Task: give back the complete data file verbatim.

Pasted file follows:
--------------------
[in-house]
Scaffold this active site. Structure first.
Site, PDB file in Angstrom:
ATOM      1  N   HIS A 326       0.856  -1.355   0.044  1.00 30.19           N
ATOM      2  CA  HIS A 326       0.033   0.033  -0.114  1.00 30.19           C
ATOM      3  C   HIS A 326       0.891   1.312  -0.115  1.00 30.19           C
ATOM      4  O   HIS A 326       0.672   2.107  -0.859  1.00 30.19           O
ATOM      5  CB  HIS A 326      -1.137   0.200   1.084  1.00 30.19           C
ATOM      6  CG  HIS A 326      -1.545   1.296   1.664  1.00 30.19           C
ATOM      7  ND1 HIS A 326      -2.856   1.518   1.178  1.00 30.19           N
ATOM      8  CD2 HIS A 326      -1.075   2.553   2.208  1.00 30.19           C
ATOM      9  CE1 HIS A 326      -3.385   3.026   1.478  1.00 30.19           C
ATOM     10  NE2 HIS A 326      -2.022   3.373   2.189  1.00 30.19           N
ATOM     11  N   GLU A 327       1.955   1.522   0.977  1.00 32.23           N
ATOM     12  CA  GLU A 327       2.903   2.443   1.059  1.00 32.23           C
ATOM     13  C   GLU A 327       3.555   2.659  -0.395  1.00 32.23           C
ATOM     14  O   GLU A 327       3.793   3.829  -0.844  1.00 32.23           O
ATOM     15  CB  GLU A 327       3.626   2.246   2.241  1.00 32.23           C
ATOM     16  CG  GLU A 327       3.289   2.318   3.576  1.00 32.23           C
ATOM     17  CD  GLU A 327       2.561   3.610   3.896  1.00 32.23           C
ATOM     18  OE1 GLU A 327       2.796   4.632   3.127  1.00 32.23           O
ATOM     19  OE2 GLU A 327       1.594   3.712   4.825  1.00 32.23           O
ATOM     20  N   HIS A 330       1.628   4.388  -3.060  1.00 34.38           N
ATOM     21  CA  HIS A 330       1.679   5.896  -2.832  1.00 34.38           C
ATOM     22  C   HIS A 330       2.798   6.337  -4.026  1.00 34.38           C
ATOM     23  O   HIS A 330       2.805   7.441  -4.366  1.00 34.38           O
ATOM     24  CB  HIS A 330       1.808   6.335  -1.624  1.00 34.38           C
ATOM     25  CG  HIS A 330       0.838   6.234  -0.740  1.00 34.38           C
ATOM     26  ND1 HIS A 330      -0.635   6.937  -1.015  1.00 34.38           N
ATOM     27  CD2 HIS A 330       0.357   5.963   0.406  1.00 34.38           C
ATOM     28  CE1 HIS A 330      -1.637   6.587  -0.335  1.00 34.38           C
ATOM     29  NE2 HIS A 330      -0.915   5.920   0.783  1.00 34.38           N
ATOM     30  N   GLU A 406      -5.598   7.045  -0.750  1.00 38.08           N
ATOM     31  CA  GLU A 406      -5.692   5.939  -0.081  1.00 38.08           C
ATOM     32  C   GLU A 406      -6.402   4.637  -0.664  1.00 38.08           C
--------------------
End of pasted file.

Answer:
[in-house]
Scaffold this active site. Structure first.
Site, PDB file in Angstrom:
ATOM      1  N   HIS A 326       0.856  -1.355   0.044  1.00 30.19           N
ATOM      2  CA  HIS A 326       0.033   0.033  -0.114  1.00 30.19           C
ATOM      3  C   HIS A 326       0.891   1.312  -0.115  1.00 30.19           C
ATOM      4  O   HIS A 326       0.672   2.107  -0.859  1.00 30.19           O
ATOM      5  CB  HIS A 326      -1.137   0.200   1.084  1.00 30.19           C
ATOM      6  CG  HIS A 326      -1.545   1.296   1.664  1.00 30.19           C
ATOM      7  ND1 HIS A 326      -2.856   1.518   1.178  1.00 30.19           N
ATOM      8  CD2 HIS A 326      -1.075   2.553   2.208  1.00 30.19           C
ATOM      9  CE1 HIS A 326      -3.385   3.026   1.478  1.00 30.19           C
ATOM     10  NE2 HIS A 326      -2.022   3.373   2.189  1.00 30.19           N
ATOM     11  N   GLU A 327       1.955   1.522   0.977  1.00 32.23           N
ATOM     12  CA  GLU A 327       2.903   2.443   1.059  1.00 32.23           C
ATOM     13  C   GLU A 327       3.555   2.659  -0.395  1.00 32.23           C
ATOM     14  O   GLU A 327       3.793   3.829  -0.844  1.00 32.23           O
ATOM     15  CB  GLU A 327       3.626   2.246   2.241  1.00 32.23           C
ATOM     16  CG  GLU A 327       3.289   2.318   3.576  1.00 32.23           C
ATOM     17  CD  GLU A 327       2.561   3.610   3.896  1.00 32.23           C
ATOM     18  OE1 GLU A 327       2.796   4.632   3.127  1.00 32.23           O
ATOM     19  OE2 GLU A 327       1.594   3.712   4.825  1.00 32.23           O
ATOM     20  N   HIS A 330       1.628   4.388  -3.060  1.00 34.38           N
ATOM     21  CA  HIS A 330       1.679   5.896  -2.832  1.00 34.38           C
ATOM     22  C   HIS A 330       2.798   6.337  -4.026  1.00 34.38           C
ATOM     23  O   HIS A 330       2.805   7.441  -4.366  1.00 34.38           O
ATOM     24  CB  HIS A 330       1.808   6.335  -1.624  1.00 34.38           C
ATOM     25  CG  HIS A 330       0.838   6.234  -0.740  1.00 34.38           C
ATOM     26  ND1 HIS A 330      -0.635   6.937  -1.015  1.00 34.38           N
ATOM     27  CD2 HIS A 330       0.357   5.963   0.406  1.00 34.38           C
ATOM     28  CE1 HIS A 330      -1.637   6.587  -0.335  1.00 34.38           C
ATOM     29  NE2 HIS A 330      -0.915   5.920   0.783  1.00 34.38           N
ATOM     30  N   GLU A 406      -5.598   7.045  -0.750  1.00 38.08           N
ATOM     31  CA  GLU A 406      -5.692   5.939  -0.081  1.00 38.08           C
ATOM     32  C   GLU A 406      -6.402   4.637  -0.664  1.00 38.08           C